The 1930 western "The Arizona Kid" is the only surviving link of Carole Lombard, shown with Warner Baxter, to the Fox film studio (as a teenage starlet, she appeared in several now-lost silents there in the mid-1920s). She never worked for Walt Disney, but attended "Snow White & the Seven Dwarfs," the animator's first full-length feature, when it premiered in late 1937. By then, Fox was known as Twentieth Century-Fox, having recently merged with Darryl F. Zanuck's upstart studio.
This morning, the world woke up to a likely sale of much of Fox's assets to the already huge Disney empire (which includes, for those few who don't know, the ABC television network and its related cable networks such as Freeform, sports behemoth ESPN, and the rights to Marvel and "Star Wars" characters). The $52.4 billion, all-stock deal won't occur right away, given federal scrutiny, but when the dust clears in a few years, the global media landscape will be substantially different.
As noted in this illustration from Variety magazine, "The Simpsons," "X-Men" (a Marvel comic-book property not part of the Disney film package it purchased several years ago) and others eventually will be under the Disney aegis. (Imagine irreverent Bart Simpson being let loose in Disneyland.)
About all that will be left with Rupert Murdoch (above, at right, with Disney CEO Bob Iger) will be the Fox TV network and its owned stations, the Fox News and Fox Business channels and some national sports cable networks (including the Big Ten Network and Fox Deportes). All will be spun off into a new company.
Disney plans sports and entertainment streaming services by decade's end to compete with Netflix and Amazon (already a part-owner of Hulu, it is purchasing Fox's 30 percent share of the company). In a world where content is king, Fox's huge supply of TV and film properties will be a huge boon.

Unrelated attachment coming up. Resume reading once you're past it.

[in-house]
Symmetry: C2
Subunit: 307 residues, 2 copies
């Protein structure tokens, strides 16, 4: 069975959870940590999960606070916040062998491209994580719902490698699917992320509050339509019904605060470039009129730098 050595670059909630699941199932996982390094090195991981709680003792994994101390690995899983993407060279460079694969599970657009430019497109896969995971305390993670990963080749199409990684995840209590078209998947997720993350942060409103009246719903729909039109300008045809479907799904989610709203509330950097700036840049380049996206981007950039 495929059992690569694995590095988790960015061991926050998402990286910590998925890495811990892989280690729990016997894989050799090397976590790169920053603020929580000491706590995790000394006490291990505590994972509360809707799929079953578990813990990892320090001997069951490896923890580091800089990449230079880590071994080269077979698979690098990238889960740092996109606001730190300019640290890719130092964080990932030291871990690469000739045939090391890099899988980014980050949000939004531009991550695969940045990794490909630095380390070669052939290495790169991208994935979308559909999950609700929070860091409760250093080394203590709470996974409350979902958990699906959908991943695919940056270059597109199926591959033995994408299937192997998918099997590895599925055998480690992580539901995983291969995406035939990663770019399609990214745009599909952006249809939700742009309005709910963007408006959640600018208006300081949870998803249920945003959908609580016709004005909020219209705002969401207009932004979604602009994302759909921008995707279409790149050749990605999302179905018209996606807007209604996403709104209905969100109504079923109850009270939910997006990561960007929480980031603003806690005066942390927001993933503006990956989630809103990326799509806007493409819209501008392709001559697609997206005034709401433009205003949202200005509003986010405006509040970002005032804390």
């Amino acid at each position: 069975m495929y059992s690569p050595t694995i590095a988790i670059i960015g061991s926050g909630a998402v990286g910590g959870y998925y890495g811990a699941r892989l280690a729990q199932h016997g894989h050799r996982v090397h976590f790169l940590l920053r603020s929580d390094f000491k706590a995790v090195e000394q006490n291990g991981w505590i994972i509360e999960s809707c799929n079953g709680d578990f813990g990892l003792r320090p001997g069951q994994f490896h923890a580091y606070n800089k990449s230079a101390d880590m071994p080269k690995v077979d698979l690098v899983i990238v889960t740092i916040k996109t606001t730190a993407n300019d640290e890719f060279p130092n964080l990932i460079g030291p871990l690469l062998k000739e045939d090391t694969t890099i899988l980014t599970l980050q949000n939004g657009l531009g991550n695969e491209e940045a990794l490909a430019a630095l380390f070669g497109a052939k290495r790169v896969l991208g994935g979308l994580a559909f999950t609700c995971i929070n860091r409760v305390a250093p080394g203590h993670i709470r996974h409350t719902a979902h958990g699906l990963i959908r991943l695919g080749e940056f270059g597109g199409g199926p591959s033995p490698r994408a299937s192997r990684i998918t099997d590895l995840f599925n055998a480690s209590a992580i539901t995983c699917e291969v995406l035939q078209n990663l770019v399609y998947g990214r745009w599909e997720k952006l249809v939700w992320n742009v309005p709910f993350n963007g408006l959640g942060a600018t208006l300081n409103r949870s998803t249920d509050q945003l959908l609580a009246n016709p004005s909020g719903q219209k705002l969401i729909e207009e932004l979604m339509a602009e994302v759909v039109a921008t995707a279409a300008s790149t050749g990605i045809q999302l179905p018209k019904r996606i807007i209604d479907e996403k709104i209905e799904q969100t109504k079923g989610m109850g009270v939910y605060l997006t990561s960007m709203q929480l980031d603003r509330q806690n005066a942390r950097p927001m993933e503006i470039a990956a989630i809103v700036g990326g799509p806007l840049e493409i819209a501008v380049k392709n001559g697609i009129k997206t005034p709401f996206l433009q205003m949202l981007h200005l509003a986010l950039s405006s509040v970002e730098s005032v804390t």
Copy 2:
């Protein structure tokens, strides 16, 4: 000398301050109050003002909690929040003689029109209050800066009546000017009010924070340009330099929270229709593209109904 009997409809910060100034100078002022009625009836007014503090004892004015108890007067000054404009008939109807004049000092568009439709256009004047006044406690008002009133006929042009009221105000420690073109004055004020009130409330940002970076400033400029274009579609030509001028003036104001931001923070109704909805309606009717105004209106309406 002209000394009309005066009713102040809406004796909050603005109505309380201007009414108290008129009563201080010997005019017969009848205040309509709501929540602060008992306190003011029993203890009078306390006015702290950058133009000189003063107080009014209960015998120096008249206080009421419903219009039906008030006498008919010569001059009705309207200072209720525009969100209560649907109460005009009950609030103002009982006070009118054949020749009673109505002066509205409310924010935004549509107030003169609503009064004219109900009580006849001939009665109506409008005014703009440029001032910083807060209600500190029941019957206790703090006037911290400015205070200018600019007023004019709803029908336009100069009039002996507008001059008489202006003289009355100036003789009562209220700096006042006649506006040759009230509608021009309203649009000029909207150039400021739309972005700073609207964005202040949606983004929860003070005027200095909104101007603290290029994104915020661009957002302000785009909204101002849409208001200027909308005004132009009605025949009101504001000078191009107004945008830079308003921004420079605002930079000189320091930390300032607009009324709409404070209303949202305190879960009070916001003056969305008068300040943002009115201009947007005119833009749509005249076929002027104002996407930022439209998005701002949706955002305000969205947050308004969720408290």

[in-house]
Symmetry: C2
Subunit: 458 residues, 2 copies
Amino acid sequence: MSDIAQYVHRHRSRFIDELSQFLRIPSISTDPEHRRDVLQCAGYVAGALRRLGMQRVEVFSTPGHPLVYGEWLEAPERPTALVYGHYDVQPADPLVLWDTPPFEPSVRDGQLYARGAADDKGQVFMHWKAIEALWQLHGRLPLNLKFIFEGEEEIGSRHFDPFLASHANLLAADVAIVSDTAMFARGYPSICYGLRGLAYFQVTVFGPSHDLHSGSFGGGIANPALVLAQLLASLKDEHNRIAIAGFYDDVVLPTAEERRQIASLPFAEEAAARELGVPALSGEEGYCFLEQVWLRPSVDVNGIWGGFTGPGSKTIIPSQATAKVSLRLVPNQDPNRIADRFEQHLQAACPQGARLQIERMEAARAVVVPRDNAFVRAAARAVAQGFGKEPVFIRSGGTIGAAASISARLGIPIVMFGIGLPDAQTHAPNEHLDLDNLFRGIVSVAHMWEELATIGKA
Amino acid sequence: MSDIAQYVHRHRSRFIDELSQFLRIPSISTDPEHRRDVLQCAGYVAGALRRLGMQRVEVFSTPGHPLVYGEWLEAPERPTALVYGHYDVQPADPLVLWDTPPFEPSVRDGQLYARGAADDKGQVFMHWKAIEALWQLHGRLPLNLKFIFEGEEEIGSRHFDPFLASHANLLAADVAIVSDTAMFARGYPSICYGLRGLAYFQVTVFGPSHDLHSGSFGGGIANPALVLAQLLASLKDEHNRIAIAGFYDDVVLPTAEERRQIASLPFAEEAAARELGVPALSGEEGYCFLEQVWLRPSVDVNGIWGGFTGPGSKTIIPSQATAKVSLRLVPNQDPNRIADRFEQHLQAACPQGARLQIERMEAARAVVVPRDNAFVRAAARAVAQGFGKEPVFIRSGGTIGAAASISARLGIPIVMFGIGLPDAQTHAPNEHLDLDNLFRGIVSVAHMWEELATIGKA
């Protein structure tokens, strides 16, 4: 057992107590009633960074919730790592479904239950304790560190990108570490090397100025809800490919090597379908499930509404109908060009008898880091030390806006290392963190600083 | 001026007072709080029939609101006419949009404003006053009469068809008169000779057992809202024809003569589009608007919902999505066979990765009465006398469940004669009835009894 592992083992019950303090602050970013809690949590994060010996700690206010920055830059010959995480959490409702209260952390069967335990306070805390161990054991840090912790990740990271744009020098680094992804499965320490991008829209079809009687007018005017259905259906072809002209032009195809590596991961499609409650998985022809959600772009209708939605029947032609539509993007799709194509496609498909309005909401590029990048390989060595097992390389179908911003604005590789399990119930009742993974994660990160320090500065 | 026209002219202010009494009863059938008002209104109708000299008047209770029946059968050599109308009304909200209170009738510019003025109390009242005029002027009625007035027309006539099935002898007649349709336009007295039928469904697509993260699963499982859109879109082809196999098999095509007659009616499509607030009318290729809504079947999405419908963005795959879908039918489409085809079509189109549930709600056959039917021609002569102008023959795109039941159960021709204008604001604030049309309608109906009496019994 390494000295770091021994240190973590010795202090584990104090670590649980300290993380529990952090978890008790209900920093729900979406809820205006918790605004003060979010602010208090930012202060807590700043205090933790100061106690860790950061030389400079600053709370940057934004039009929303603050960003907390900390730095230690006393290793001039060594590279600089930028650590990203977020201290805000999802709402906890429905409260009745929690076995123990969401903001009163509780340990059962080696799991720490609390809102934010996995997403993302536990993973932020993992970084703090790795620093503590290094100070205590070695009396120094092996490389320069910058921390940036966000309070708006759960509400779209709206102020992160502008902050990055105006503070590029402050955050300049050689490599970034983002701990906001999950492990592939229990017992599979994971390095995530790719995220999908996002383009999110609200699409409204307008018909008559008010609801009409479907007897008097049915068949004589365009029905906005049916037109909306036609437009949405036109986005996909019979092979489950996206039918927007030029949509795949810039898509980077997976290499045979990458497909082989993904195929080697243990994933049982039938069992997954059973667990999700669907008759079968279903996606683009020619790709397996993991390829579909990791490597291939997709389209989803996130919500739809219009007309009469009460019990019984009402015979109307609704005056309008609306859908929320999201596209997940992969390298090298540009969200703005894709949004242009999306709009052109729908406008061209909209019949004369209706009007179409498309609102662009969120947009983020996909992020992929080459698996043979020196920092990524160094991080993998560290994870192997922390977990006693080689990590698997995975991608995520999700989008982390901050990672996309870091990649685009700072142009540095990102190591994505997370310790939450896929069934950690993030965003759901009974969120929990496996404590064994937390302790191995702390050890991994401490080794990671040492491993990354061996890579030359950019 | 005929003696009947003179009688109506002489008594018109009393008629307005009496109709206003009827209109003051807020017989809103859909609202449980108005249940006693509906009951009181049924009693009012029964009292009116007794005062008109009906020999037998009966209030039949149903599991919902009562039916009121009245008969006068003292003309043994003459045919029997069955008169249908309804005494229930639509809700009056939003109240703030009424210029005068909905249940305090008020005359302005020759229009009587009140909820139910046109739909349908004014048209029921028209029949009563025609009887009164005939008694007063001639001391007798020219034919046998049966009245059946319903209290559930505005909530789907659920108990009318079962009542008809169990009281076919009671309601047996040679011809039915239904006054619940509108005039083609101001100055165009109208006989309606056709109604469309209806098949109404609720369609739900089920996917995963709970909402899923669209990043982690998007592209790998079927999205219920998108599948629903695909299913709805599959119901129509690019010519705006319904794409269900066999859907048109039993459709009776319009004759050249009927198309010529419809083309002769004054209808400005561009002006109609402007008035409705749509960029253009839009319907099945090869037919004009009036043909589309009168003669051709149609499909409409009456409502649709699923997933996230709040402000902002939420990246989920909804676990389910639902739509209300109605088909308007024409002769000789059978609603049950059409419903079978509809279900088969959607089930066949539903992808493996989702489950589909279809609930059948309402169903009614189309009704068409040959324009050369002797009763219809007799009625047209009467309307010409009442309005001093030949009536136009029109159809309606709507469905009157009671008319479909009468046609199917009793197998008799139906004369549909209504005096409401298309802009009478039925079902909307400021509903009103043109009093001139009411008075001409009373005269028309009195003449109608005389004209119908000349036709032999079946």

There are plenty of nervous people wondering where they'll fit in with all this, from the Fox film studio in Century City and production companies aligned with its family of networks, including FX and FXX. While Murdoch has a political reputation as a conservative, his entertainment channels and film properties often have been edgy, notably Fox Searchlight, which makes smaller-budgeted titles for the art-house crowd. How will they fit into the family-oriented, blockbuster franchise landscape that Disney has become in recent decades? Stay tuned.
And just as Matt Groening and "The Simpsons" predicted a Donald Trump presidency, so was the series prescient with this:
More on the deal can be found at http://variety.com/2017/biz/news/disney-fox-merger-deal-52-4-billion-merger-1202631242/, http://birthmoviesdeath.com/2017/12/14/its-official-disney-will-acquire-21st-century-fox and http://birthmoviesdeath.com/2017/12/07/is-the-disney-fox-faster-than-the-netflix-hare.
Fox's withdrawal from the movie business probably isn't good news for screenwriters peddling spec scripts, as franchise-driven Disney hasn't bought one since 2015 and likely won't anytime soon. The only studios still interested in such potential properties are Sony/Columbia (which, like Fox, has an arthouse division), Paramount, Warners and Universal. Spec scripts are increasingly the domain of low-budget studios.
The good news for this budding writer is that thanks to more inexpensive special effects, the script I'm trying to sell can be made for a relatively paltry $5 million or so. And with that, I'm proud to introduce the new one-sheet I've commissioned to promote my sci-fi comedy feature screenplay "Stand Tall!"
To learn more about Vegas waitress Colleen Cossitt's tall tale, visit https://filmfreeway.com/projects/476988